Dear All, "Donald Trump will be re-elected.”
When NYT columnist Bret Stephens dropped that bombshell over lunch back in March, his voice was steely with certainty. Gobsmacked, I didn’t trust myself to speak. But, my husband shot back, “That’s your fear talking. You’re worried about calling it wrong again.” Stephens, formerly an editorial page editor at the Wall Street Journal, had predicted Clinton would trounce Trump during the 2016 presidential election — a major misstep that presaged the Pulitzer Prize winning columnist's subsequent move to the New York Times.
Fast forward to two weeks ago, when Stephens wrote a piece detailing his scenario for “How Donald Trump Wins.” Based on the sputtering outrage that jammed my inbox, apparently a lot of people had to be peeled off the ceiling after reading it.
But come this Sunday, I get to ask Stephens about the latest cache of data that overwhelmingly casts doubt on Trump winning a second term. Along with MSNBC Republican strategist Susan Del Percio and former Congressman David Jolly from Florida, Stephens will appear at a speaker series I moderate called “Conversations on the Green.” The session, entitled “Is the Party Over? Rebuilding the GOP,” will focus on what happens to the party of Lincoln and the two party system after Trump is gone. (I can see you smiling.)
Like a harried PhD candidate prepping for the big finish, I’m currently immersed in research for the event. But since Stephens stirred up so much angst with his recent prognostication, I thought I’d pass on toplines that refute his claim Trump will cruise to re-election.
I understand that analysts who live by making predictions in public don’t want to buck the gale force tailwinds provided by a strong economy and the power of incumbency. After all, most of them got it wrong back in 2016 and can’t afford to be wrong again in 2020. But, as the pieces below highlight, if you look objectively at the political data, Trump enters the cycle in a uniquely weak position. Based on the current numbers, experts who say Trump is a lock for re-election are more likely giving voice to their own fear than the facts on the ground.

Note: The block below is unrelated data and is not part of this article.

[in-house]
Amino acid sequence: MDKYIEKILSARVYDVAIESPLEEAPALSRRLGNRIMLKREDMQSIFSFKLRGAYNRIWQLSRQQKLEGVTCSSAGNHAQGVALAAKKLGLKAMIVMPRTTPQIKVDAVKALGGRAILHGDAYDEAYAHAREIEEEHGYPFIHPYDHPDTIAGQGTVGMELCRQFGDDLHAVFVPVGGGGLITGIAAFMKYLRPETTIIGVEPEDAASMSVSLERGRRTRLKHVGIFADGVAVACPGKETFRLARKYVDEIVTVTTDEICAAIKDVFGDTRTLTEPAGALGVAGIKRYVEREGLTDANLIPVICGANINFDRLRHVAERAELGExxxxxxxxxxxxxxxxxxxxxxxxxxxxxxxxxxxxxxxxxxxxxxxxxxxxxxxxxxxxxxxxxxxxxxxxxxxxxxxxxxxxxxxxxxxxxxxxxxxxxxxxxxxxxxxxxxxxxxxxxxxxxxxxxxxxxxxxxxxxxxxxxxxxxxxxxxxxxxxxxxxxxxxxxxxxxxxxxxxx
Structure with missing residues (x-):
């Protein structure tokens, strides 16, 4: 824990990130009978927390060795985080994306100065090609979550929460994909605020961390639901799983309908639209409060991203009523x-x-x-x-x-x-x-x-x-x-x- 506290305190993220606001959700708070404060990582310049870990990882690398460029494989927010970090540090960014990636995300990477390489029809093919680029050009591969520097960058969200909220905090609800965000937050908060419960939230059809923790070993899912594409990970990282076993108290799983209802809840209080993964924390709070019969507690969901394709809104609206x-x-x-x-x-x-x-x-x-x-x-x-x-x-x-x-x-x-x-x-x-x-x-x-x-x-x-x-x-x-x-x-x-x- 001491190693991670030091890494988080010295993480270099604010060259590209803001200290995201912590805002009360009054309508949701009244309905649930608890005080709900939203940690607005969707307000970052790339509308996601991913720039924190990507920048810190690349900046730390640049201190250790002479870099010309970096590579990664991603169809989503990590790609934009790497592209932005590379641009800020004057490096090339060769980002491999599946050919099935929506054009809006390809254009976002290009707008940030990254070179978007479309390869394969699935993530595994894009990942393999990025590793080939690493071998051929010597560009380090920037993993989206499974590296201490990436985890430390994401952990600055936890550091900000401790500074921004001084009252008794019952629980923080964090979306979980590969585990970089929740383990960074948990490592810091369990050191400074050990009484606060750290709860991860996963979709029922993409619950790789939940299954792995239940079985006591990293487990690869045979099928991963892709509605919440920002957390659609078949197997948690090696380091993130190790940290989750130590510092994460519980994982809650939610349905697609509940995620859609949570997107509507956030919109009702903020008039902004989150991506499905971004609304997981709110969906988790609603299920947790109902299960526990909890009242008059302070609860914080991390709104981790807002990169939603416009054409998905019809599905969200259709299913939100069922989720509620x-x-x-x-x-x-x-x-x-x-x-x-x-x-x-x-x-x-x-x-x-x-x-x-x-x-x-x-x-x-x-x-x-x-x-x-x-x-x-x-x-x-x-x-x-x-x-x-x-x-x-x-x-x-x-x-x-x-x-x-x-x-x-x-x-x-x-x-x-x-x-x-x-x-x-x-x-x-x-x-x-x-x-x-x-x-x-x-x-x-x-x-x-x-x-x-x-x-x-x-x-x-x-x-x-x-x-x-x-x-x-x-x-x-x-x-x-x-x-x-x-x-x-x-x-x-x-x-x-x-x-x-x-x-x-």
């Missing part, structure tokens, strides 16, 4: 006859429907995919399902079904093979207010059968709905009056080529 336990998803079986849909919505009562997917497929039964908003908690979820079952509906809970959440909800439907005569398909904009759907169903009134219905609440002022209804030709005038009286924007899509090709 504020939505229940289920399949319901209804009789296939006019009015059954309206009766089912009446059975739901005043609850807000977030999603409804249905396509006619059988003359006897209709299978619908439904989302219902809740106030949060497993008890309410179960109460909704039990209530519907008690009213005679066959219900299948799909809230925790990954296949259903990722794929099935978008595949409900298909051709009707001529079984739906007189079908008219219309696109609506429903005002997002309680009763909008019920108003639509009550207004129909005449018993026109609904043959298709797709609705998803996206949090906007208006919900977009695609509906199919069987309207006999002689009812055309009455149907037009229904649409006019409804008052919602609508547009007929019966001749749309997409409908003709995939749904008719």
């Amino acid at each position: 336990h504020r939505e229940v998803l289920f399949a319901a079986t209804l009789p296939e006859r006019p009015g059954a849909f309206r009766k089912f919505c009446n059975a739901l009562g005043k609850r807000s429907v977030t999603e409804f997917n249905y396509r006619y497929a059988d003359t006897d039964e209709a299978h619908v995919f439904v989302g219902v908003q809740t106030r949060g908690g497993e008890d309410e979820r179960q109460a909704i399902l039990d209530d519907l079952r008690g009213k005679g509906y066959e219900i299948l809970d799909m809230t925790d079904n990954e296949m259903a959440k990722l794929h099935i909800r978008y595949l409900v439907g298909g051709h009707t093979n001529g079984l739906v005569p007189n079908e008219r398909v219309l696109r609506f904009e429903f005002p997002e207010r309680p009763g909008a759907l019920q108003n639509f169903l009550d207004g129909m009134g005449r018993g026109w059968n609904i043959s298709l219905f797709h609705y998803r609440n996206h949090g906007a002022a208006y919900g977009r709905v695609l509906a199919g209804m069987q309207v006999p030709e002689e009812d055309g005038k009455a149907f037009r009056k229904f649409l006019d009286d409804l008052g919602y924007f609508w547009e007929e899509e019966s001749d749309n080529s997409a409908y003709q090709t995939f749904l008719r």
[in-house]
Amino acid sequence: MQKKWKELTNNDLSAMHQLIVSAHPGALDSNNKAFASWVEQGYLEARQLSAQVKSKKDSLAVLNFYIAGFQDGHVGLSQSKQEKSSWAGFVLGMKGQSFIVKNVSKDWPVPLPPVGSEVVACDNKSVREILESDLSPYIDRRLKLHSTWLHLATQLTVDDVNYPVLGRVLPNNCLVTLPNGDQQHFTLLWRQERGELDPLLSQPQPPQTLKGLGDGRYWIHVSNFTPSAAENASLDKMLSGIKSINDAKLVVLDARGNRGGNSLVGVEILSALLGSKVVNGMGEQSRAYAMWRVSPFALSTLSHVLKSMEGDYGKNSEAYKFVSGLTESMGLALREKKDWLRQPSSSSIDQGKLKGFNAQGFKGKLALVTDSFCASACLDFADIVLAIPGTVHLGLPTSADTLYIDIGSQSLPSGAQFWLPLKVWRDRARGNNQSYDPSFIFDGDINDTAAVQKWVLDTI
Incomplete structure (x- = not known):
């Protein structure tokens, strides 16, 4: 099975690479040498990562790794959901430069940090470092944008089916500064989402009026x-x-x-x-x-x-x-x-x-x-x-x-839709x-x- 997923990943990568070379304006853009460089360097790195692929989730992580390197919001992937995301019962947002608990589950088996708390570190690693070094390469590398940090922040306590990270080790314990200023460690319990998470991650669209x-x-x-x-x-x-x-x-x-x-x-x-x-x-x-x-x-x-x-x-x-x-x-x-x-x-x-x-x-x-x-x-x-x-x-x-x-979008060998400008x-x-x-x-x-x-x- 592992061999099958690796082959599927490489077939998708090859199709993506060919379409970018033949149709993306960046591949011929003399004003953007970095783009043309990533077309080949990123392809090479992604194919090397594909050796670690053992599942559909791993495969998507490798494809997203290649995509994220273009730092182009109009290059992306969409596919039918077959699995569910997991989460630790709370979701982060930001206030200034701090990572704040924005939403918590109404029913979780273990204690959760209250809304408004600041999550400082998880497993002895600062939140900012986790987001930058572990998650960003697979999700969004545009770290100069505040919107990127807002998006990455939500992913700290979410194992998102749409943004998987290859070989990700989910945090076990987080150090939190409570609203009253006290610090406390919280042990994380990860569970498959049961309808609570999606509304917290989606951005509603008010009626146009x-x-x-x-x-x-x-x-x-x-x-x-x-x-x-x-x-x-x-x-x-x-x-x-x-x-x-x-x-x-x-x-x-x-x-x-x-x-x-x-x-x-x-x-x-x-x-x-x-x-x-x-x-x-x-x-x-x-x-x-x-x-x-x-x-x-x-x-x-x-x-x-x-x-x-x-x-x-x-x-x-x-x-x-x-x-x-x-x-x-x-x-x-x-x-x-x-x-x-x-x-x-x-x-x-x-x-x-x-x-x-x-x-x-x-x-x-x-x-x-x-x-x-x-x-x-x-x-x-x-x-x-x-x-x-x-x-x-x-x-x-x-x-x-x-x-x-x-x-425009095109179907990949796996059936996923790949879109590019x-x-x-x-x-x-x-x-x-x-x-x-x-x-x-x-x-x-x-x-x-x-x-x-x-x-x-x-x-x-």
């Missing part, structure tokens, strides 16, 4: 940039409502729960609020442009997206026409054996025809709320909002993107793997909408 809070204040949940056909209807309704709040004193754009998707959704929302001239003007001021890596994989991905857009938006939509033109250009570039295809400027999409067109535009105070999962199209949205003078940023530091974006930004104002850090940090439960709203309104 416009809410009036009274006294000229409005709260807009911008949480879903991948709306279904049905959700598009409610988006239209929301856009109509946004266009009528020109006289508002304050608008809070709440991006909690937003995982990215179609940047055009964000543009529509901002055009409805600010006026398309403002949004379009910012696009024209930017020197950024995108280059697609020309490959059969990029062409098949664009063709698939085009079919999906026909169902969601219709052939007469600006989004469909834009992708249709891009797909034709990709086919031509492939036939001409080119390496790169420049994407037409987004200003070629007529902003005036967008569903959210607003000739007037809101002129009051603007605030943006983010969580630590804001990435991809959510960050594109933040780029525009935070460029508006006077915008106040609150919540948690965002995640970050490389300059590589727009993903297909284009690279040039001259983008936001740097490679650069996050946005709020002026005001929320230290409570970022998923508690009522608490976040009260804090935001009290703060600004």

First, Talking Points editor Josh Marshall breaks down the latest poll from Quinnipiac: "I’m of two minds on these numbers,” Marshall says. "The consequences of President Trump being reelected are so catastrophic that nothing can be taken for granted. We’ve seen his unconventional politics do the unthinkable and impossible before. And his particular coalition has a big, big electoral college advantage. Having said that, these are terrible numbers for a President seeking reelection.”
Next, from The Hill, comes the warning of severe headwinds ahead for Trump’s 2020 bid primarily because he’s elevated polarization to an art form: "In four separate polls over the past month, more than 50 percent of respondents said they would not vote for him again or were unlikely to do so. The percentage who said they would vote for him never rose higher than 38.”
To wrap it up, back to Josh Marshall with a scenario that will make your day. Marshall starts with the obvious premise that Trump is the most consistently unpopular President in at least a century. He then builds a deliciously strong case that Trump will be crushed at the ballot box in 2020.
So this time I’m forearmed for my encounter with Bret Stephens. Stay tuned for how he responds to my challenge to his forecast of victory for Trump. Until then, if you want tickets for this Sunday’s session, shoot an email to: firstname.lastname@example.org (“Angel" tickets for the charitable event are still available or you can be wait-listed for general admission seats.)
I’ll be dedicating the Father’s Day program to my late father who hewed to a moderate “Rockefeller Republican” line for most of his life. A socially liberal, fiscally conservative Marine veteran, he left the GOP when George W. Bush declared war on Iraq. My father was a “compassionate conservative” in the truest sense; a champion for social justice who actively worked to level the playing field in a nation riven by income inequality. In the last two decades of his 94 years, he jokingly referred to himself as politically “homeless.” Thankfully, when he cast his final presidential vote, Barack Obama brought him home.